Also, Mr. Di Liberto, who Mr. Riemer mis-spoke by saying he was ‘head’ of climate.gov (but who is not head but is a social media manager for NOAA's Climate.gov) uses this term himself. Just because people stand in the shade of a building vs. in an unshaded area doesn’t mean the building (and all the pavement and concrete surrounding the building) isn’t absorbing heat. It is a scientific fact that urban areas are just plain hotter.
If there were shade trees to stand under, people would stand there instead of on the sidewalk in the shadow of a building.
There are ways to attempt to reduce UHI effect of tall buildings. We can and should discuss those. The most obvious is to increase tree cover, preserve or create vegetation, deploy green roofs, limit paved ares, and use reflective surfaces. In fact, Cambridge, MA is considering adopting a Cool Factor Zoning ordinance!
One of the best ways to implement a climate-resilient THRIVE 2050, climate resilient Master Plans, and adopt County policies that actually improve resilience is the expand forests, tree canopy, green infrastructure as well as addressing the building envelopes and exteriors. This requires an all-in approach, not half measures that misrepresent what we are dealing with.
Thank you - I assume you will put the word URBAN heat island effect back into Thrive 2050 and all other policies and ordinances.
To underscore these FACTS, here are some references:
Mr Di Liberto on URBAN heat islands: https://youtu.be/sXtjMcOTIzg
U.S Global Change Research Program National Climate Assessment
See chapter 11
"Despite these differences, U.S. cities experience some climate impacts in similar ways. For example, prolonged periods of high heat affect urban areas around the country.21 Cities are already subject to higher surface temperatures because of the island (UHI) effect, which can also affect regional climate.29 The UHI is projected to get stronger with climate change.29 Another commonality is that most cities are subject to more than one climate stressor. Exposure to multiple climate impacts at once affects multiple urban sectors, and the results can be devastating.30 “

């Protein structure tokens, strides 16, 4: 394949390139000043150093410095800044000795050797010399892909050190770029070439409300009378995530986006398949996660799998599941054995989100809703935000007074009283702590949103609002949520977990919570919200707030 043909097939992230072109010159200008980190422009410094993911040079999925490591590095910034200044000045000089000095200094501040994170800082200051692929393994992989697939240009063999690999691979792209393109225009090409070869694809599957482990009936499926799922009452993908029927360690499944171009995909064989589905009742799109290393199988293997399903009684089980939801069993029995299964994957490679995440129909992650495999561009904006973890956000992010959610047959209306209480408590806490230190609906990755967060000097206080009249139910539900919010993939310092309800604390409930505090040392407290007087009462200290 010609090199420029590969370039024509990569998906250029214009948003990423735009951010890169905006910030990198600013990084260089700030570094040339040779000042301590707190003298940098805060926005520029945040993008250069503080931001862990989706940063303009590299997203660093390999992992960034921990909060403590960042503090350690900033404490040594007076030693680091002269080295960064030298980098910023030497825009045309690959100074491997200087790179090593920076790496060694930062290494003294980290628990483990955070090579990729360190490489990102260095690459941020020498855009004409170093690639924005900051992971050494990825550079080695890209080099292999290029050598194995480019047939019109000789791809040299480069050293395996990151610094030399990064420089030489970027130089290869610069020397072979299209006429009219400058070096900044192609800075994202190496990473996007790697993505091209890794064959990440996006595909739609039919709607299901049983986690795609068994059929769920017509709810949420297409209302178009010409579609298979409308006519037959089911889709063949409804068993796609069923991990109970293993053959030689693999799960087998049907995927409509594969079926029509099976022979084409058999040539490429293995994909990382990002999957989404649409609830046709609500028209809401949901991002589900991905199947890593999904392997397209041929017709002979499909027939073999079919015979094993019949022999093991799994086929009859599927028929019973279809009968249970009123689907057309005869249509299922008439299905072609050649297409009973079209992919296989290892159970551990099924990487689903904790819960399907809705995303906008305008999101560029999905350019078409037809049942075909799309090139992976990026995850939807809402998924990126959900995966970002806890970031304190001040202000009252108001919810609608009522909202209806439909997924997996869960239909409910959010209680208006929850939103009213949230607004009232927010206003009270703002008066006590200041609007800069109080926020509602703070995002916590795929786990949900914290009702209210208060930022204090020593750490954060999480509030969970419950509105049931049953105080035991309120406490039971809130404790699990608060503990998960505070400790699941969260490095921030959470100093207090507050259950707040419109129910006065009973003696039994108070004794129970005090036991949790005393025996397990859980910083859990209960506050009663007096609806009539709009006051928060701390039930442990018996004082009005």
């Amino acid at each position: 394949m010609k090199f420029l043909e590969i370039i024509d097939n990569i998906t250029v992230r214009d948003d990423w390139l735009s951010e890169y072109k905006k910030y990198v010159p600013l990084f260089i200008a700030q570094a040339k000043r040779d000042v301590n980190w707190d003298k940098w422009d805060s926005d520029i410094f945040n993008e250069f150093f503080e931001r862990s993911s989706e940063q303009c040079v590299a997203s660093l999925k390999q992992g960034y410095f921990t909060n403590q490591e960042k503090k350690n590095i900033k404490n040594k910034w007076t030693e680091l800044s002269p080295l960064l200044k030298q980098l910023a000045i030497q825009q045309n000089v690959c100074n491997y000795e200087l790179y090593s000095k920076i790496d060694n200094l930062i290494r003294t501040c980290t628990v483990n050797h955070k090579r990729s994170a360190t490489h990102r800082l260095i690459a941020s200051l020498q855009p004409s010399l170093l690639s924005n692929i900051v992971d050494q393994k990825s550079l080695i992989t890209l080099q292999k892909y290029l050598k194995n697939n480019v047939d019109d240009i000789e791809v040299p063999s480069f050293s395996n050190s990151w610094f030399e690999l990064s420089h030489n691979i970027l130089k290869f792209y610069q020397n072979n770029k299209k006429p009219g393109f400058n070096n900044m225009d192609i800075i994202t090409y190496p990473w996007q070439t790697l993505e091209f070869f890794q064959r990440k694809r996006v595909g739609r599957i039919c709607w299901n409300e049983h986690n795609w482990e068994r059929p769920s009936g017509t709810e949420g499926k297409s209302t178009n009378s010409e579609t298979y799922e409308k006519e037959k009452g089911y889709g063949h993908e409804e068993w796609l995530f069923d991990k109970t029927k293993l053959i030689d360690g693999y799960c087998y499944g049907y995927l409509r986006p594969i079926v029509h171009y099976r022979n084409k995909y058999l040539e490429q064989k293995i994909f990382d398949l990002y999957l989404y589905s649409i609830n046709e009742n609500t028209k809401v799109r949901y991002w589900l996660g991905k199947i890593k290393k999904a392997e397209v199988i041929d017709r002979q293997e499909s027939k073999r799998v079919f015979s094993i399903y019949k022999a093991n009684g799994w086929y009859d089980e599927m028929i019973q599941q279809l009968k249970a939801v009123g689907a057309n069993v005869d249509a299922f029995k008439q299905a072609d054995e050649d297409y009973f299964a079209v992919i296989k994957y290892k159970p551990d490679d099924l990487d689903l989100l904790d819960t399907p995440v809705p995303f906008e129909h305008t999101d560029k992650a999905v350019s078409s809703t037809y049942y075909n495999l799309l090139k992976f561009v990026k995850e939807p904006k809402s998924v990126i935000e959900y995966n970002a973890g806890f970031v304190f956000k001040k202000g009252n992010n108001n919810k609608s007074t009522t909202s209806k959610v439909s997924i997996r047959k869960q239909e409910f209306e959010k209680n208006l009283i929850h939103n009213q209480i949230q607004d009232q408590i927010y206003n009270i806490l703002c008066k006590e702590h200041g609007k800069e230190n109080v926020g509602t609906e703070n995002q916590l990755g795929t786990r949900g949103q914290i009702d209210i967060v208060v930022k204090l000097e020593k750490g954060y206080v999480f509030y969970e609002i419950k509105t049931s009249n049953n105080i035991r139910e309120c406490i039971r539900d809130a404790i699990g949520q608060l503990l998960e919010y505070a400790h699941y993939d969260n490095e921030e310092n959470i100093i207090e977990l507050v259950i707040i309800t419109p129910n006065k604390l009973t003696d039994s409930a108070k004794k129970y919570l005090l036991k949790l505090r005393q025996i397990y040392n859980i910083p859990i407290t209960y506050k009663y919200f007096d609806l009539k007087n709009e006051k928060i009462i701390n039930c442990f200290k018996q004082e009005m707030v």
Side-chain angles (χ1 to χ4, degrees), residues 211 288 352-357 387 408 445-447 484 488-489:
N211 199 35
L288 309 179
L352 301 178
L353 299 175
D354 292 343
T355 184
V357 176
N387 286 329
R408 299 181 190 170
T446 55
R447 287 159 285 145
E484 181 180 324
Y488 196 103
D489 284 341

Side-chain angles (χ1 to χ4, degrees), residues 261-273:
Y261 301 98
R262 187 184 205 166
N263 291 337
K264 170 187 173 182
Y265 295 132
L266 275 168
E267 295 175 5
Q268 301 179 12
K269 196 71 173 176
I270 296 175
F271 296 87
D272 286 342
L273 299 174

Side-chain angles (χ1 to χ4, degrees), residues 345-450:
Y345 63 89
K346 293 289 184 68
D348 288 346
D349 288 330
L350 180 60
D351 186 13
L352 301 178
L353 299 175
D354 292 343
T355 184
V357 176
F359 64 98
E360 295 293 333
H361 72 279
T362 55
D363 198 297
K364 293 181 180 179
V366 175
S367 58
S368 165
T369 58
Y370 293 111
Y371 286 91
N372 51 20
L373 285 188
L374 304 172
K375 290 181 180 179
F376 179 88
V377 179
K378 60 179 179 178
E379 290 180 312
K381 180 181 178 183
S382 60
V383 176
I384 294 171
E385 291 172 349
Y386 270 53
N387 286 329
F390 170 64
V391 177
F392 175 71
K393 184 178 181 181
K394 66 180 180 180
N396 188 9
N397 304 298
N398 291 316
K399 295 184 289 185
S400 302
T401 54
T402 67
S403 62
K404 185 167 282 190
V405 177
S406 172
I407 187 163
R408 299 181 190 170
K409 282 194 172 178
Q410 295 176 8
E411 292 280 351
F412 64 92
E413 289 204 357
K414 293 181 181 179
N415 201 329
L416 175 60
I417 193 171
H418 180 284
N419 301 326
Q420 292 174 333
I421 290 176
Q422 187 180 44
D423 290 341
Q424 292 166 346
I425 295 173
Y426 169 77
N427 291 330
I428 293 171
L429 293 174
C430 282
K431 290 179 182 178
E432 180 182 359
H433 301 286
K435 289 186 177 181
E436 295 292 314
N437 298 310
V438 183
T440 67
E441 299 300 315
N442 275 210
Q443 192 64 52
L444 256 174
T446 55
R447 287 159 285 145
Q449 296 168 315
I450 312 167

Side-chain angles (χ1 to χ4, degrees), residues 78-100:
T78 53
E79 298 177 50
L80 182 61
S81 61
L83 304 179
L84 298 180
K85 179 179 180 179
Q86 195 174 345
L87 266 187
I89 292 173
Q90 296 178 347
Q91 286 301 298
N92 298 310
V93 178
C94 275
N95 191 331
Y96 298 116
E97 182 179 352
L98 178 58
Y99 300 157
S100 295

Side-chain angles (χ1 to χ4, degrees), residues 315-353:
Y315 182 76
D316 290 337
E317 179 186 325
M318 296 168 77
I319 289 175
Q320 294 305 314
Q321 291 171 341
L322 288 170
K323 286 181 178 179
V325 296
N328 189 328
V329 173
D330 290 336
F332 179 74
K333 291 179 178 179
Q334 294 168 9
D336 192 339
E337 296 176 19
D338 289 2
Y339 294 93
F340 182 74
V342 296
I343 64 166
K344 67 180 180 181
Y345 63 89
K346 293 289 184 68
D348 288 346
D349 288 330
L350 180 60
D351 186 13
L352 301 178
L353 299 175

See chapter 18
"Northeastern cities, with their abundance of concrete and asphalt and relative lack of vegetation, tend to have higher temperatures than surrounding regions due to the urban heat island effect (increased temperatures, typically measured during overnight periods, in highly urbanized areas in comparison to outlying suburban, exurban, and rural locations). During extreme heat events, nighttime temperatures in the region’s big cities are generally several degrees higher than surrounding regions, leading to higher risk of heat-related death. In urban areas, the hottest days in the Northeast are also often associated with high concentrations of urban air pollutants including ground-level ozone (Ch. 13: Air Quality, KM 1). This combination of heat stress and poor urban air quality can pose a major health risk to vulnerable groups: young children, elderly, socially or linguistically isolated, economically disadvantaged, and those with preexisting health conditions, including asthma. Vulnerability is further heightened as key infrastructure, including electricity for air conditioning, is more likely to fail precisely when it is most needed—when demand exceeds available supply—with the potential for substantial negative health consequences.287 Finally, vulnerability to heat waves is not evenly distributed throughout the region. Rather, outdoor versus indoor air temperatures, baseline health, occupation, and access to air conditioning are important determinants of vulnerability (see Key Message 4).”
…"Present-day high temperatures (heat) have been conclusively linked to a higher risk of illness and death, particularly among older adults, pregnant women, and children (Ch. 14: Human Health). A number of studies have replicated these findings specifically in the Northeast (see Box 18.3; e.g., Wellenius et al. 2017, Bobb et al. 2014, Hondula et al. 2012305,306,307). Ambient temperatures and heat-related health effects can vary significantly over small geographic areas due to local land cover (for example, due to the urban heat island effect; see Key Message 3) (see also Ch. 5: Land Changes, KM 1), topography, and the resilience of individuals and communities.307,308"
U.S. Environmental Protection Agency
University Consortium for Atmospheric Research (UCAR)
Now, if you want to discuss how to mitigate the UHI effect of tall buildings, we can start talking about these types of actions: